Lenovo, which closed its $2.1 billion purchase of IBM's x86 server business Monday, said it will "go on the offensive" to combat Hewlett-Packard's recent gains en route to become the No. 1 server vendor.
Yang Yuanqing, chairman and CEO of Lenovo,, which closes Oct. 1, will make it the No. 3 server vendor in the world. IBM's server unit brings "world class experience" to Lenovo as well as manufacturing knowhow and patents. "We will make sure that our existing customers have a seamless transition," said Yuanqing, speaking on a conference call. "We can beat ODM and OEM competitors. We will expand our geographical reach and realize hyper growth."
"Getting to No. 1 will be a challenge, but we are determined to succeed," said Gerry Smith, executive vice president of Lenovo Group and president of enterprise business and Americas groups. Smith predicted a repeat of the success that followed the Lenovo's 2005 acquisition of IBM's PC business and said the enterprise server unit would win mid-market accounts and grow in emerging markets. "We will invest in innovation," said Smith, who said the server business will be a profitable $5 billion business in one year. "I'm eager to get started to bring the fight to our competitors," he said.
The primary competitor to Lenovo's beefed up server unit is HP, which actively pitched IBM's x86 customers to grab customers. Executives were asked why Lenovo paid $2.1 billion instead of the $2.3 billion announced in January. The implication is that IBM's x86 server business was sucking wind and resulted in a lower price. Lenovo said that deferred revenue and inventory values changed the price. Smith couldn't comment based on IBM and Lenovo quiet periods. "The fear and uncertainty period is gone," said Smith.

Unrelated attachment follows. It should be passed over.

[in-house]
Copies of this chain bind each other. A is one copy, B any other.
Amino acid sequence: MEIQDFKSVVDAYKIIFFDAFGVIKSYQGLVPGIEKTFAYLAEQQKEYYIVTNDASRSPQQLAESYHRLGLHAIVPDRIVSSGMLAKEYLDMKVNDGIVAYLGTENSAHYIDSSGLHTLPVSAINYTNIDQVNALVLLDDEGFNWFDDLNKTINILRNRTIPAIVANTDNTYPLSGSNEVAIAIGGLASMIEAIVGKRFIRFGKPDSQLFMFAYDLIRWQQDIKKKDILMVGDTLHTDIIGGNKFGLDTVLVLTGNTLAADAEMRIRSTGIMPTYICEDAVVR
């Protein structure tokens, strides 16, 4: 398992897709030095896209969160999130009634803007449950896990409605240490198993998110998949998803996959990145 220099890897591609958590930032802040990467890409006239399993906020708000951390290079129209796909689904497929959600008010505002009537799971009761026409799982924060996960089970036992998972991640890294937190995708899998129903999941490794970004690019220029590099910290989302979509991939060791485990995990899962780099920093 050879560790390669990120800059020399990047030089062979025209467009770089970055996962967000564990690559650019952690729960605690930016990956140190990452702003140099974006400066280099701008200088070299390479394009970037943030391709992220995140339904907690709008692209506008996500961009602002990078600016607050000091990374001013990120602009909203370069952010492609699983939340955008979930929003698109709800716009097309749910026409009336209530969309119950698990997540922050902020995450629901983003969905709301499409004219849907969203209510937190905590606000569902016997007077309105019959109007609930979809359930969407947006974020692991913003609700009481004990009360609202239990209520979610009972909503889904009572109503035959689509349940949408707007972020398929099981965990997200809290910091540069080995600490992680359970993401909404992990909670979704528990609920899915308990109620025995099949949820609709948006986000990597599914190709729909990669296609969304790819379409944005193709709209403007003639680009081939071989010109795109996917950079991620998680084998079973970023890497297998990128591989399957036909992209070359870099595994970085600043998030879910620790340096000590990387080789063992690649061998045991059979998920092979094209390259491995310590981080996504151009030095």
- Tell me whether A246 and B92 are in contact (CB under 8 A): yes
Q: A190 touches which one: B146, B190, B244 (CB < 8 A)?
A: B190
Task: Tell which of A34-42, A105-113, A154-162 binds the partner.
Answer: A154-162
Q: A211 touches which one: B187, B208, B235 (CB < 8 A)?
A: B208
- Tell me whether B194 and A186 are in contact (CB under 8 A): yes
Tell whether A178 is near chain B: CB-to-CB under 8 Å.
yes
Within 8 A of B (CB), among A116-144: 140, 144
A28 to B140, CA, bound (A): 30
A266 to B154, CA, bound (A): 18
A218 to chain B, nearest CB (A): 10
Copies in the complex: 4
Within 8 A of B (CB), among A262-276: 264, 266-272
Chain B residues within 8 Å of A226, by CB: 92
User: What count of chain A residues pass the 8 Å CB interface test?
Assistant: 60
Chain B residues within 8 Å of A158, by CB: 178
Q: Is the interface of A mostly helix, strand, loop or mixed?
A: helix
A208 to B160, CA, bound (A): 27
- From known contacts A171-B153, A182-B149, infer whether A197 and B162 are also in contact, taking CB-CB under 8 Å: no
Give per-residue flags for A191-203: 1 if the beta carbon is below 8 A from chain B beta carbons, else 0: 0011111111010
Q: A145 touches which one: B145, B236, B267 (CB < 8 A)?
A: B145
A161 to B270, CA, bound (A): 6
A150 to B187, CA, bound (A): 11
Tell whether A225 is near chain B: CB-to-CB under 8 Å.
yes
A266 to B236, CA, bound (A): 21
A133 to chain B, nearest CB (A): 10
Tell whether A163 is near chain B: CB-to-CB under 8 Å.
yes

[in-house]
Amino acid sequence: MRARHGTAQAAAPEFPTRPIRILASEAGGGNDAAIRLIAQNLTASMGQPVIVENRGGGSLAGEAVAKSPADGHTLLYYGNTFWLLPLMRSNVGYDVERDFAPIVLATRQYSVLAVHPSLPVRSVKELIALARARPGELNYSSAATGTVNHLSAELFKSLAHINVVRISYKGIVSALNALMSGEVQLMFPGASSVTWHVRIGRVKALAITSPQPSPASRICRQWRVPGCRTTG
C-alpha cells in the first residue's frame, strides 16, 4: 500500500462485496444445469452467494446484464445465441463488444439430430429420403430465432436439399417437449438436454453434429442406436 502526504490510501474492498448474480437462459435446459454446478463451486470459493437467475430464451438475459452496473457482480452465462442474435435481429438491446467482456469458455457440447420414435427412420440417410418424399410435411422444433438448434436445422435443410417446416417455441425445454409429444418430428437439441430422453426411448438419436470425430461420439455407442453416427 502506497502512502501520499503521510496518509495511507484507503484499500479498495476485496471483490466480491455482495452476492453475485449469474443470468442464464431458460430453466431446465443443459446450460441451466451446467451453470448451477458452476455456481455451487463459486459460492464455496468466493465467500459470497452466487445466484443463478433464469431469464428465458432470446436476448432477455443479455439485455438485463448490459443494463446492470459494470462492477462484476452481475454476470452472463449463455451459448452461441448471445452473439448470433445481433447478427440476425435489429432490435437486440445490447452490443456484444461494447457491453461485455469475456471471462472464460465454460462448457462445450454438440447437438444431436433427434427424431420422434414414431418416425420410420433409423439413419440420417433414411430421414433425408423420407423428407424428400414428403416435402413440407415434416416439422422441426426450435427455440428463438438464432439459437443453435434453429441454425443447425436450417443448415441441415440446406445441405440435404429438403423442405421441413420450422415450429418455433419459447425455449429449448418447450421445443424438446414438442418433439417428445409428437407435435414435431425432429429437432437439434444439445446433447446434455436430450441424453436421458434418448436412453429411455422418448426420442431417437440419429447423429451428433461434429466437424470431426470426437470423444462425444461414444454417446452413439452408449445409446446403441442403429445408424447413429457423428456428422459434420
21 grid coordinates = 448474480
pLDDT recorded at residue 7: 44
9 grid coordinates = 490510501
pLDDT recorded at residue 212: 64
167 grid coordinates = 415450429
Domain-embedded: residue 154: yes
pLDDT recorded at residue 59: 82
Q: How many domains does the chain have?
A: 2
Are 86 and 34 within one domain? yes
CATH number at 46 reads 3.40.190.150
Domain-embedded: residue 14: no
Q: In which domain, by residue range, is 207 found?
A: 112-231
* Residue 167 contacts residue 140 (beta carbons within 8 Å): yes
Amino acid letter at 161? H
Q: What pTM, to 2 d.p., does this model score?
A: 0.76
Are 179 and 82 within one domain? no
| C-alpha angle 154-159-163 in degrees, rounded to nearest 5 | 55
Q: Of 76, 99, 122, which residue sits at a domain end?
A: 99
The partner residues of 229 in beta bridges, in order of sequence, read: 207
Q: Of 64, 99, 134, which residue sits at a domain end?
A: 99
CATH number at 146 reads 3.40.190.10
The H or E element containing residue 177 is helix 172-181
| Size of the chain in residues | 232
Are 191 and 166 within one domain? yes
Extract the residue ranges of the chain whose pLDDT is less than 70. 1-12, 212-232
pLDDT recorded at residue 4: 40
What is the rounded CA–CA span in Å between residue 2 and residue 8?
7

According to IDC data, HP's efforts worked out nicely. IBM's second quarter market share fell to 23.3 percent in the second quarter from 27 percent a year ago. HP's market share edged higher as did Cisco's.
In an FAQ document, Lenovo addressed the FUD issue.
Q5. HP has been actively going after IBM’s x86 customers and has made some impressive gains since this deal was announced. Did the terms of the deal change because of the decline of the business since?
A. No. Regarding our competitors, you need to remember that while some of them have been making a lot of noise and perhaps overstating their case, Lenovo has been subject to a mandated quiet period while the deal was going through the mandatory government approval process. Much of this noise has been around generating doubt and uncertainty about the deal getting closed. With the approval of the deal by the appropriate regulatory agencies around-the-world, these concerns have been fully addressed. Now that the deal is closed (as of October 1, 2014), you can expect Lenovo to go on the offensive and show our business partners and customers how the combination of System x technology, products and services combined with Lenovo’s operational excellence and customer focus are in fact the winning combination for the future of the Enterprise.
Now the IBM deal is closed, the real fun for Lenovo begins. Expect aggressive sales and pricing as Lenovo aims to win back share. "We will fight back," said Yuanqing.